Javascript: Phonegap with Backbone and Marionette

We’ve worked with our clients to execute a couple of Phonegap apps lately and in doing so used Backbone and Marionette to structure the apps. For some background, Phonegap, now Apache Cordova, is a project that allows developers to build native iOS, Android, and WP apps using HTML, CSS, and of course Javascript. As a developer, you write some HTML and Javascript, pass it to Phonegap, and Phonegap returns a native app that displays your code inside a WebView without any surrounding chrome. On top of this, Phonegap provides a set of Javascript APIs that allow you to leverage some of the device’s native functions, like the accelerometer or camera.

Writing apps with HTML/JS is great, but it presents some issues particularly that triggering a full page reload for navigation appears “non-native” on mobile. On technique to combat this issue is developing single page Javascript apps. In a single page app, the entire page is never reloaded, instead portions of the DOM are dynamically re-rendered using Javascript. Because of the complexity of managing this process with straight Javascript, several libraries, including Backbone, have been developed to simplify this process. Marionette is a companion library to Backbone which provides a set of features to make managing complex applications easier. So, what were the pros and cons of using Backbone with Marionette to build a Phonegap app?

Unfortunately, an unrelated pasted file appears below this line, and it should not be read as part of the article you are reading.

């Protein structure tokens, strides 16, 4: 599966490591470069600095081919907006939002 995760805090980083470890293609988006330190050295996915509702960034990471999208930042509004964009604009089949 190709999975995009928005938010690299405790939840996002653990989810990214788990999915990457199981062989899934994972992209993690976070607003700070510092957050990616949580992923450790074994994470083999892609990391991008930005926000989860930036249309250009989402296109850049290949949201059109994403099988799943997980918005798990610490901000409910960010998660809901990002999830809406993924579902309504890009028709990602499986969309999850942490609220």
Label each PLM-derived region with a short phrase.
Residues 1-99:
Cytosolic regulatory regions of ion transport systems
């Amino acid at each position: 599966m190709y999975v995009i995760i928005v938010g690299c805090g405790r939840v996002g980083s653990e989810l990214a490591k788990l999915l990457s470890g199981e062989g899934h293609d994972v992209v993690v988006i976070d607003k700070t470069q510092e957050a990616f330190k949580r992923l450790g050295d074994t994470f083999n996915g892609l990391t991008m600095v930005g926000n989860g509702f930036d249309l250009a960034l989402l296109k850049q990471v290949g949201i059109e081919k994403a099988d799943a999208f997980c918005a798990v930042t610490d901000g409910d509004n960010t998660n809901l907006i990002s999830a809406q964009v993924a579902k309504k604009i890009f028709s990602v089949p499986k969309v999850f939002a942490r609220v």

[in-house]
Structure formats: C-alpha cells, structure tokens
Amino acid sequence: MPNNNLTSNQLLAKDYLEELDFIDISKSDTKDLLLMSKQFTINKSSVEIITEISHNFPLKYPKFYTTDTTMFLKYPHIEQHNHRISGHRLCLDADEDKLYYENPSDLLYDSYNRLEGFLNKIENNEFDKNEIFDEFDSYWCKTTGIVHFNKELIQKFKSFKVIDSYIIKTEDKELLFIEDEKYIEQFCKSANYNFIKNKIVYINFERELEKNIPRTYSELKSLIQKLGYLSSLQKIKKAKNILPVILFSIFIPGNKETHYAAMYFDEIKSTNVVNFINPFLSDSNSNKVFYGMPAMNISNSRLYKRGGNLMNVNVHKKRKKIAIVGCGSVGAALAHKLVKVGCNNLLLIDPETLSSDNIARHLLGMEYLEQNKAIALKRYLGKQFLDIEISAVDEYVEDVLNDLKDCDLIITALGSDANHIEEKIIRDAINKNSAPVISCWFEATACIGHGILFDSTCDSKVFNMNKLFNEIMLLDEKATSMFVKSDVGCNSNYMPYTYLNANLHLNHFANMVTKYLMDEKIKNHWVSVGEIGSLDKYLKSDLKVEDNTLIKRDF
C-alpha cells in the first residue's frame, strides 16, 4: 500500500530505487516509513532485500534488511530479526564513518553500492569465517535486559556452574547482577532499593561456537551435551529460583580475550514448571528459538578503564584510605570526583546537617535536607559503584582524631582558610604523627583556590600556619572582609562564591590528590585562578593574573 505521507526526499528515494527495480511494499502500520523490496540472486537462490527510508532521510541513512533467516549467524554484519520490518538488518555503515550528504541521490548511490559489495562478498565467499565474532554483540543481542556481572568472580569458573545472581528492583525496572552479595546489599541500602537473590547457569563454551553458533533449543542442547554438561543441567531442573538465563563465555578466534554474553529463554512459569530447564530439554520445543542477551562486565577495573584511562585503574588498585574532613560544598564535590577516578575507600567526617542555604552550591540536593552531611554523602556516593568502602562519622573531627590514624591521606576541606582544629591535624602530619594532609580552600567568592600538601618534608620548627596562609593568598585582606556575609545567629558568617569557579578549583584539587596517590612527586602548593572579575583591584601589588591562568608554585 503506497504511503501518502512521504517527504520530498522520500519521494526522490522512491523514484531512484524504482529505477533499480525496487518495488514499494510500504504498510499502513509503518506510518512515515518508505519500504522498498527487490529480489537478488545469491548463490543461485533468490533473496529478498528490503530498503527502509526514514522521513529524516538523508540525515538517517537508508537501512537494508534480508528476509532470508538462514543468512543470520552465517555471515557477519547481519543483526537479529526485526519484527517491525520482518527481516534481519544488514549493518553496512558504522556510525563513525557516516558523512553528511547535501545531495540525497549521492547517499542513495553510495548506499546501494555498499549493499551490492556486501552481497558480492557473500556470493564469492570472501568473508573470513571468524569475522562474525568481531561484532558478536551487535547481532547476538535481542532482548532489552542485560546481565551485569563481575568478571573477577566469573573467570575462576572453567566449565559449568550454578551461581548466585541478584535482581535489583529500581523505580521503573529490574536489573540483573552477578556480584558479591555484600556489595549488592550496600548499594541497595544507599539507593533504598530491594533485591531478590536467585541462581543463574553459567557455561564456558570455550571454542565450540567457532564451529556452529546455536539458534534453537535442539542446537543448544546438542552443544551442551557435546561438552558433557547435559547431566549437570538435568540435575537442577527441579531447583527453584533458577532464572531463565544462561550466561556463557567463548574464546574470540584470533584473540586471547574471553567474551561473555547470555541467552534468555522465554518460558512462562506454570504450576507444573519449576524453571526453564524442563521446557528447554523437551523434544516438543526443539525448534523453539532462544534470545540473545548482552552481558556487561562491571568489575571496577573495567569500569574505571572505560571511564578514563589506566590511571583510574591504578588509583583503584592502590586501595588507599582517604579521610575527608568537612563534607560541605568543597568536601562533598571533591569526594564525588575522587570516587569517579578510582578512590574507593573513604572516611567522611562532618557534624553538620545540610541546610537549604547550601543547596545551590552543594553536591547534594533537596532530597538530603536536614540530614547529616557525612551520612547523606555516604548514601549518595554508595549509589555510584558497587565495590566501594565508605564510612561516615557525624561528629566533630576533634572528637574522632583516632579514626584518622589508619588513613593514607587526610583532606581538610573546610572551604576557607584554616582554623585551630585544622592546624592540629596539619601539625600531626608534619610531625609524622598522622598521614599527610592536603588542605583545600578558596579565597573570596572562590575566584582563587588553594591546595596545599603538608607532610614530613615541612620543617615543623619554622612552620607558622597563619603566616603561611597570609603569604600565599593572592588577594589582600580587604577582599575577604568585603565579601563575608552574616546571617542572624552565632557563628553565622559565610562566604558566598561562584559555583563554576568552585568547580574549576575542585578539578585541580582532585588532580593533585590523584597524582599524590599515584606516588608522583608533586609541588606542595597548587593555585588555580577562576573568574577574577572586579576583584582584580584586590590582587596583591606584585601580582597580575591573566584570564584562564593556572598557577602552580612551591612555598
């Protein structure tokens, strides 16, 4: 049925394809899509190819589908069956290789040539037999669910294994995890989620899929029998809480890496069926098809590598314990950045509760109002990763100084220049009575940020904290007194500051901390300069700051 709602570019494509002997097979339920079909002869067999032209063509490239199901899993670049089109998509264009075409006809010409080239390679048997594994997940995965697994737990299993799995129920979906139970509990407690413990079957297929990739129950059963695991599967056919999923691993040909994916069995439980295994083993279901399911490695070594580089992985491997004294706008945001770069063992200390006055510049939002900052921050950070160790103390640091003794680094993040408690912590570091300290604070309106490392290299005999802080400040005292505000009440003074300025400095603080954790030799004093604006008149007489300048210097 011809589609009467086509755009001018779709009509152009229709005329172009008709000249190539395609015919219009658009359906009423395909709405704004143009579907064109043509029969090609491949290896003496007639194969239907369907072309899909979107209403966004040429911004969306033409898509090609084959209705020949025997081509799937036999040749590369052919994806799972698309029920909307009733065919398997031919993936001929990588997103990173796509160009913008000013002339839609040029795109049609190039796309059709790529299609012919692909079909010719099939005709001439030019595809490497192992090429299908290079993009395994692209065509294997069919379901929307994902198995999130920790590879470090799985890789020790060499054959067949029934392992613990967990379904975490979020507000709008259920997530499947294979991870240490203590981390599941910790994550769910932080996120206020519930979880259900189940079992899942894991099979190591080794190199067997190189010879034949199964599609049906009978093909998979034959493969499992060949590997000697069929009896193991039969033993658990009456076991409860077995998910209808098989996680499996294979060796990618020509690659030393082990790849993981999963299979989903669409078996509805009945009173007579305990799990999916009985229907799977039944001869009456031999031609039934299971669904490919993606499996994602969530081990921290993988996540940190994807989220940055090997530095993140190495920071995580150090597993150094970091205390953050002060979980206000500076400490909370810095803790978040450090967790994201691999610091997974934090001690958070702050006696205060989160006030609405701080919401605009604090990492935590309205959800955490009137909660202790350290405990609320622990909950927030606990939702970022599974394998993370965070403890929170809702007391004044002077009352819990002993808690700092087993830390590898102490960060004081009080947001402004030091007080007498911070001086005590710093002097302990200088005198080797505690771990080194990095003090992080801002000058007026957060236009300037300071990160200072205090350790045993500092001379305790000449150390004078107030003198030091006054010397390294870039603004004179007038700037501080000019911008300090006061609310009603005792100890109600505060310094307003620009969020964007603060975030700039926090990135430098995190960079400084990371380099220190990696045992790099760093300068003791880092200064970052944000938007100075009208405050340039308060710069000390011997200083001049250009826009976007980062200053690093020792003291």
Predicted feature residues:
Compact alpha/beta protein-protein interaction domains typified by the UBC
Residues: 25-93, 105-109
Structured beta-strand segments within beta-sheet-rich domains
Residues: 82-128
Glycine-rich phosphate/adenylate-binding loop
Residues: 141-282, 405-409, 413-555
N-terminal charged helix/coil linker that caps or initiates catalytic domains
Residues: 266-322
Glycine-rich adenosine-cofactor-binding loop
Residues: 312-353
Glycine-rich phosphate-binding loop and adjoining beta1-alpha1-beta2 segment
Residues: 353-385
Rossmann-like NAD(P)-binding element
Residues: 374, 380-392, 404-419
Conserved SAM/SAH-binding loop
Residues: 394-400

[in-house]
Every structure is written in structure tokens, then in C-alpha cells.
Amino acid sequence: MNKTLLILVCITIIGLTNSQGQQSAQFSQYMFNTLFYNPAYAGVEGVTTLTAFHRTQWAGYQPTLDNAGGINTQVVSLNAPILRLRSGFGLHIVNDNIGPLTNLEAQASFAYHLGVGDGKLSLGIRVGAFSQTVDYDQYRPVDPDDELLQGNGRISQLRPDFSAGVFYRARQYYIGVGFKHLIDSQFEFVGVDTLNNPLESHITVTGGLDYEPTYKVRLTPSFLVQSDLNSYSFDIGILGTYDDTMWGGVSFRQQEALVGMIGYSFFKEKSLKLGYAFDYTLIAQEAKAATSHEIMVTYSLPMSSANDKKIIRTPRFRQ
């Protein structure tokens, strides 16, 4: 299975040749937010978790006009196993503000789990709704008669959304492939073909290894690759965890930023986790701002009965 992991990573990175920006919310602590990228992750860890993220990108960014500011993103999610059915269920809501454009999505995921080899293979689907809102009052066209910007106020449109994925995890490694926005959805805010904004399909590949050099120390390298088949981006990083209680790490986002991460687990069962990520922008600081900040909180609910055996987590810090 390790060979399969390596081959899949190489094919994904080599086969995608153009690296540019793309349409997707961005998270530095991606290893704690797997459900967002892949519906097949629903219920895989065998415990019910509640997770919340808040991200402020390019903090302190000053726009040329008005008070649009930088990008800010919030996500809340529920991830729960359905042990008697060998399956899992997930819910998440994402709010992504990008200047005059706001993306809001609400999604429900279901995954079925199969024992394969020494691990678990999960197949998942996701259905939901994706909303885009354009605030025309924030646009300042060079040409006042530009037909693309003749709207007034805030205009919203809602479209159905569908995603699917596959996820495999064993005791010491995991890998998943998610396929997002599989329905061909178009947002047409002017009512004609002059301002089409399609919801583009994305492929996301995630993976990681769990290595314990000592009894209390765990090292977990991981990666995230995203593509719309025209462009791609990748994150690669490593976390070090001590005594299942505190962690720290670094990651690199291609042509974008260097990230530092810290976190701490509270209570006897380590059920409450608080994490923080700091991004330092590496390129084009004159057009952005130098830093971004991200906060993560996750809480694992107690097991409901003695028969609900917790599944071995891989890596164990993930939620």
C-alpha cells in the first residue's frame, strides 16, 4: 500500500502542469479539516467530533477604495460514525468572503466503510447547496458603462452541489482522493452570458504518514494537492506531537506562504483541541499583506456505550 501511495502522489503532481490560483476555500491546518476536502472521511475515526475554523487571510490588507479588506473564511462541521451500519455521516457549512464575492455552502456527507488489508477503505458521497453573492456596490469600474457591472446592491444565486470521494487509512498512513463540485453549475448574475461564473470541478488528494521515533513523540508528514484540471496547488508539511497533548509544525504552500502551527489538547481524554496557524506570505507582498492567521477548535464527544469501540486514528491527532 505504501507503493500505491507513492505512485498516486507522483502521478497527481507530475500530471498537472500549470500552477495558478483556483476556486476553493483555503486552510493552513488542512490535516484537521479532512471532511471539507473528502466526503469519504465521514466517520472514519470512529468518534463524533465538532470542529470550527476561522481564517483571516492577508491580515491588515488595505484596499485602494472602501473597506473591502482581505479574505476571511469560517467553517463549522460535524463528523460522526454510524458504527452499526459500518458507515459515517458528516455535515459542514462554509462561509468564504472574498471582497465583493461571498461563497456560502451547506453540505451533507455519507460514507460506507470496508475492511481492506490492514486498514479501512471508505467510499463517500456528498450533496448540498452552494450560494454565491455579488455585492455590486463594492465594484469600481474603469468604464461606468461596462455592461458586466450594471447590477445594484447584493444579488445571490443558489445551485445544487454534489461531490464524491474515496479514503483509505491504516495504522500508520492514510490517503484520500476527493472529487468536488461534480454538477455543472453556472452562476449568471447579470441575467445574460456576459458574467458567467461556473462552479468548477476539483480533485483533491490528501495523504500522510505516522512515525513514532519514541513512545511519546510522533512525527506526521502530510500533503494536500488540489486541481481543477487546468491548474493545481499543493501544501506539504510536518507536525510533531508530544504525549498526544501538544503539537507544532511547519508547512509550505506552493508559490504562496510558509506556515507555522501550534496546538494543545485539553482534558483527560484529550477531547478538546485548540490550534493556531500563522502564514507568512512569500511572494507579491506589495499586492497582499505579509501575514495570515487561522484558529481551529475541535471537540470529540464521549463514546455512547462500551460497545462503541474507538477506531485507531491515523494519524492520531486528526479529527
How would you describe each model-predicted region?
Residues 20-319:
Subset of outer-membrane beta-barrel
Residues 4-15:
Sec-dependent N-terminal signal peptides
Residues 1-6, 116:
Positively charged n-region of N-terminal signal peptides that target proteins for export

The Good

Structure: Using a library like Backbone guides you to structuring your code in loosely a MVC design pattern. Coupled with a templating framework, this ends up producing code that’s much easier to follow and maintain. Before Phonegap, I’d already started using Backbone in traditional Symfony2 projects just to get the benefit of better structured code.

It’s familiar: This is a personal preference, but compared to declarative frameworks like AngularJS, Backbone/Marionette apps “look” like regular HTML/JS. Primarily because of the regular HTML templates and use of jQuery, the learning curve for Backbone isn’t very steep. A team member without Backbone experience can quickly grok how things work and make changes quickly.

The Not So Good

“There’s more than one way to do it”: Although flexibility is good, having a generally “well recommended” way usually helps decrease confusion and frustration. With Backbone/Marionette, there doesn’t seem to be much consensus on how to do “standard” things like message passing or even structuring the app as a whole. There’s dozens of StackOverflow answers debating the “best” way to approach things, often with outright conflicting viewpoints. In contrast, Symfony2 and Rails typically have “best practices” for approaching common tasks, even if they’re not appropriate in every circumstance.

Documentation: The documentation for Marionette, and to a lesser degree Backbone, is pretty lacking. The Marionette documentation explains how the individual components work but they didn’t provide much insight to the “big picture”. The docs were also missing some explanation into the “why”, which of course lead to StackOverflow answers and then differing viewpoints. Marionette is also short example apps which Backbone does have. The Backbone documentation is thorough, its just a bit hard to navigate and purposefully introduces the “There’s more than one way to do it” mantra.